• 60” x 96” vacuum laminator

  • Fused deposition soluble and breakaway support 3D printers (2)

  • Polyjet resin 3D Printer

  • Plaster powder color 3D printer

  • 3-axis CNC Bed Mil, includes vacuum and jaw workholding fixtures


The Shop provides a setting for each member of the School of Architecture to work with a range of tools and raw materials as they fabricate hand-made objects of their own design. Every first-semester undergraduate student receives introductory shop training, and is subsequently encouraged to develop classic wood- and metalworking skills throughout their course of study. Many graduate students take advantage of the same training and resources.

The shop is nearly 3,800 square feet in size with a large machine and assembly room, a separate metalworking room, tool and material storage areas, a project storage area, offices and an adjacent pin-up area for design review.

Woodworking equipment includes:

  • Saws, planers, drills, routers, sanders, lathe etc

  • Several vise-equipped workbenches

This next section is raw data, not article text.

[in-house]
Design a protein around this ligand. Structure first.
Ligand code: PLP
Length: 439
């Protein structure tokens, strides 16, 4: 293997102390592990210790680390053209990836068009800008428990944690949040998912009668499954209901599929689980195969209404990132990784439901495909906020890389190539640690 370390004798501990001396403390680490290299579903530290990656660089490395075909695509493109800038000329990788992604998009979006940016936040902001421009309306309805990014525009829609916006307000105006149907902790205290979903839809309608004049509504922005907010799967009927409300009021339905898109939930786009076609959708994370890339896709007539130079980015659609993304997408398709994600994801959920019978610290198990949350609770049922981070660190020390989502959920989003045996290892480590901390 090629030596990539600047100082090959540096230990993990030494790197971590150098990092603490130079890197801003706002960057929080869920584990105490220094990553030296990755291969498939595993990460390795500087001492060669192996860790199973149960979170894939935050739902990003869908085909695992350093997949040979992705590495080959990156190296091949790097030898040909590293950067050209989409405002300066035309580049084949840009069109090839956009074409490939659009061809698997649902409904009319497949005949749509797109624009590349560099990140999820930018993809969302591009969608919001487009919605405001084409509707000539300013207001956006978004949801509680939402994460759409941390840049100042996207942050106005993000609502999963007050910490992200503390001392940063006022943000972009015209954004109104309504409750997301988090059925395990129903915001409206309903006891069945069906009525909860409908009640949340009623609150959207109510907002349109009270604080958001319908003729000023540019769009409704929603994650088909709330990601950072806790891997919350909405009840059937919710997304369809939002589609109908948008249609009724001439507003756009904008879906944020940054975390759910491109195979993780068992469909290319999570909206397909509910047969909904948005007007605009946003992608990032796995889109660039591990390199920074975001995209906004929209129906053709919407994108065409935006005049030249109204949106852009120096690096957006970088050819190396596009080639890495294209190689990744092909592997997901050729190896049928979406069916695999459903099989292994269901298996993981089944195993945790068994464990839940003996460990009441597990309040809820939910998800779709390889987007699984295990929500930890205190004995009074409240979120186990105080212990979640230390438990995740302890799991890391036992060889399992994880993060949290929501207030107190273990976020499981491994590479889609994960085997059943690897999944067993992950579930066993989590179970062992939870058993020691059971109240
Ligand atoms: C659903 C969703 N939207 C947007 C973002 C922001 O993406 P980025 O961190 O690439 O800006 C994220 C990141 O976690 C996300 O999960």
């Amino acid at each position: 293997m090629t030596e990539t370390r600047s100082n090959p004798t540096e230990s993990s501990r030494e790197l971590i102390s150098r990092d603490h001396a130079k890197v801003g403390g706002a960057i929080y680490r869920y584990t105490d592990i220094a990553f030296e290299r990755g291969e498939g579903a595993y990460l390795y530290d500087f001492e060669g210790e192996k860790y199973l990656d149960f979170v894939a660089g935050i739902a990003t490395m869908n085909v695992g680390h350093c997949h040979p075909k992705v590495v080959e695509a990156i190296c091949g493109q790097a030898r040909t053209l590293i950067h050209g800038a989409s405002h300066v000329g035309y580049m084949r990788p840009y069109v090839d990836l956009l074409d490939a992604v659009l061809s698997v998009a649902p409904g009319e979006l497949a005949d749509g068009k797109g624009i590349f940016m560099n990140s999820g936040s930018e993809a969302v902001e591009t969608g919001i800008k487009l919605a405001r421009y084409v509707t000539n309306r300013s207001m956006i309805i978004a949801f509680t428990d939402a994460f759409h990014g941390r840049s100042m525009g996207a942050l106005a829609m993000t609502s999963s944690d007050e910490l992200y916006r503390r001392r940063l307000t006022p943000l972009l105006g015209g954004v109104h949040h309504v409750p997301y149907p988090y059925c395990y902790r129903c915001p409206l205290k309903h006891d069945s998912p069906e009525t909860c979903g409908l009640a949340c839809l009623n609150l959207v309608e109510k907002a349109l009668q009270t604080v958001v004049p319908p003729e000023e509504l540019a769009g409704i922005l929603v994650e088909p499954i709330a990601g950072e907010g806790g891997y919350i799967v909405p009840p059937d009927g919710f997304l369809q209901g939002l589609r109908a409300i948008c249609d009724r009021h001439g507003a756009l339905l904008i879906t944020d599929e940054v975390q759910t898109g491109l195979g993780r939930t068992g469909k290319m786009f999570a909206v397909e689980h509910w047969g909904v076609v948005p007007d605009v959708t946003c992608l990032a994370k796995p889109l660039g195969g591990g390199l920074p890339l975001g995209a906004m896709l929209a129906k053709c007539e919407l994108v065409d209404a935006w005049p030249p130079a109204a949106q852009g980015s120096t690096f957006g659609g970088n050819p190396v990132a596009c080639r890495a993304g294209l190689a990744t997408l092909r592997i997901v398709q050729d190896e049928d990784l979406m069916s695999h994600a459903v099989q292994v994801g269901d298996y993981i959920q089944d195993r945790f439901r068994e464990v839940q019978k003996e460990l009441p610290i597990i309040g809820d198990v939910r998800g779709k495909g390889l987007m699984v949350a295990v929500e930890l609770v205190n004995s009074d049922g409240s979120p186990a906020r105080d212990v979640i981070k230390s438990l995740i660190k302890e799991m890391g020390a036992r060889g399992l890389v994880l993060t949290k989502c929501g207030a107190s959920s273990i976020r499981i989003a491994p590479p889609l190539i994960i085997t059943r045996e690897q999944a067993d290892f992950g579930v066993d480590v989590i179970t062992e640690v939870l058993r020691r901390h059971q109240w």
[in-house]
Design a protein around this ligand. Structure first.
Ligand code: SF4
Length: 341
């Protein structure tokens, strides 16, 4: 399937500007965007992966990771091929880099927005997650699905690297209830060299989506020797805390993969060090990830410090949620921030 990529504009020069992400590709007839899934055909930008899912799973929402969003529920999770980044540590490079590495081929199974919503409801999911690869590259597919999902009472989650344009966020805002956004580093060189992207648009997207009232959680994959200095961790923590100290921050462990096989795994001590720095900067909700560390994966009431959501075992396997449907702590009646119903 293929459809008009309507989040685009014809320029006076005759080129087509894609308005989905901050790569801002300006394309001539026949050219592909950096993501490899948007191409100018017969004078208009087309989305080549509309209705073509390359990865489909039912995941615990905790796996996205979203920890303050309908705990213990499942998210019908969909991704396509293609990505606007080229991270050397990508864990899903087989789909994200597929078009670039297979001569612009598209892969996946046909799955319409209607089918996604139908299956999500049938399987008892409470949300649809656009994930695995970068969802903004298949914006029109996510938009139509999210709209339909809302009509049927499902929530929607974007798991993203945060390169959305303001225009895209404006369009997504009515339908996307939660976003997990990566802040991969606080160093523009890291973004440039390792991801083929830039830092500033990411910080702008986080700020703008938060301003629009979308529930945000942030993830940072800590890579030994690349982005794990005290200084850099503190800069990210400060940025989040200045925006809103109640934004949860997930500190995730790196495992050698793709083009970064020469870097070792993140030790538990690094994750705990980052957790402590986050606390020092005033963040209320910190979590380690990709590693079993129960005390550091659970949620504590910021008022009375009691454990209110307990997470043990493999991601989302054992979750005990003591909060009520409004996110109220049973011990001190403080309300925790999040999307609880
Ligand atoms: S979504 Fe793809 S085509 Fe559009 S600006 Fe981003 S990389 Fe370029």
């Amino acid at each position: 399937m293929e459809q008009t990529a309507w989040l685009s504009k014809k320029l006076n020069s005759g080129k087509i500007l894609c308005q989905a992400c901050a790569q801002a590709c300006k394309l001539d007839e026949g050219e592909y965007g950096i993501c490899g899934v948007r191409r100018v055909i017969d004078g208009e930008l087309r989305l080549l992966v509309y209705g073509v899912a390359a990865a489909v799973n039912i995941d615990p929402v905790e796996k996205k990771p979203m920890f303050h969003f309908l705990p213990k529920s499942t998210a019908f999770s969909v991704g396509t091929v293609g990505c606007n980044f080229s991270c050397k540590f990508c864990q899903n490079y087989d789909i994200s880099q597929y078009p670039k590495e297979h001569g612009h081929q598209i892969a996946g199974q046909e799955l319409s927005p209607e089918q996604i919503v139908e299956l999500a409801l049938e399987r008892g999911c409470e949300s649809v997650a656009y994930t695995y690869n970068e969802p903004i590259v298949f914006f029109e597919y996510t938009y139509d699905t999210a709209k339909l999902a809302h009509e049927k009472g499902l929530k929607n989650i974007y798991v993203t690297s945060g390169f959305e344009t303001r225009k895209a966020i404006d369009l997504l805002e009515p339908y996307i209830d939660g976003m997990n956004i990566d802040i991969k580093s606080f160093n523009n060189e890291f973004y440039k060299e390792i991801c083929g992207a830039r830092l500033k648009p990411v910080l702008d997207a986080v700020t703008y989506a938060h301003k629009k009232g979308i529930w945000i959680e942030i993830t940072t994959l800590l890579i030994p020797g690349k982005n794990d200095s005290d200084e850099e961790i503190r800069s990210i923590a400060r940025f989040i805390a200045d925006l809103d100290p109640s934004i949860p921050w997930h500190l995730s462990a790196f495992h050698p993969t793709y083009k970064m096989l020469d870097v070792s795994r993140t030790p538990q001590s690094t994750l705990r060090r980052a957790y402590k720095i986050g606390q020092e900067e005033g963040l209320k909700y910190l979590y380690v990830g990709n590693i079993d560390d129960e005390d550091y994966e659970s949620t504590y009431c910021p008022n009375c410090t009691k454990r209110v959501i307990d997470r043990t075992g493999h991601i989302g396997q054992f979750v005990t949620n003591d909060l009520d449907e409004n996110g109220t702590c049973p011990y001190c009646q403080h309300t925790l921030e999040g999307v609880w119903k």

• A range of powered and manual hand-held tools

  • Machining and sheet metal equipment

Computational Design Lab (CoDe Lab)

The Code Lab is a multidisciplinary research and learning laboratory within the School of Architecture at Carnegie Mellon University. It houses a dynamic community of graduate students and faculty investigating relationships between people, spaces and computational ideas and processes. Current research includes speculative design tools, spatial analytics, computational making, virtual and augmented realities, data visualization, architectural robotics, tactical media, as well as research into historical and theoretical questions concerning technology in design. Code Lab faculty and students often collaborate with partners in the scientific fields and the humanities, and endeavor to form and maintain alliances with peer centers in academia and industry both nationally and internationally.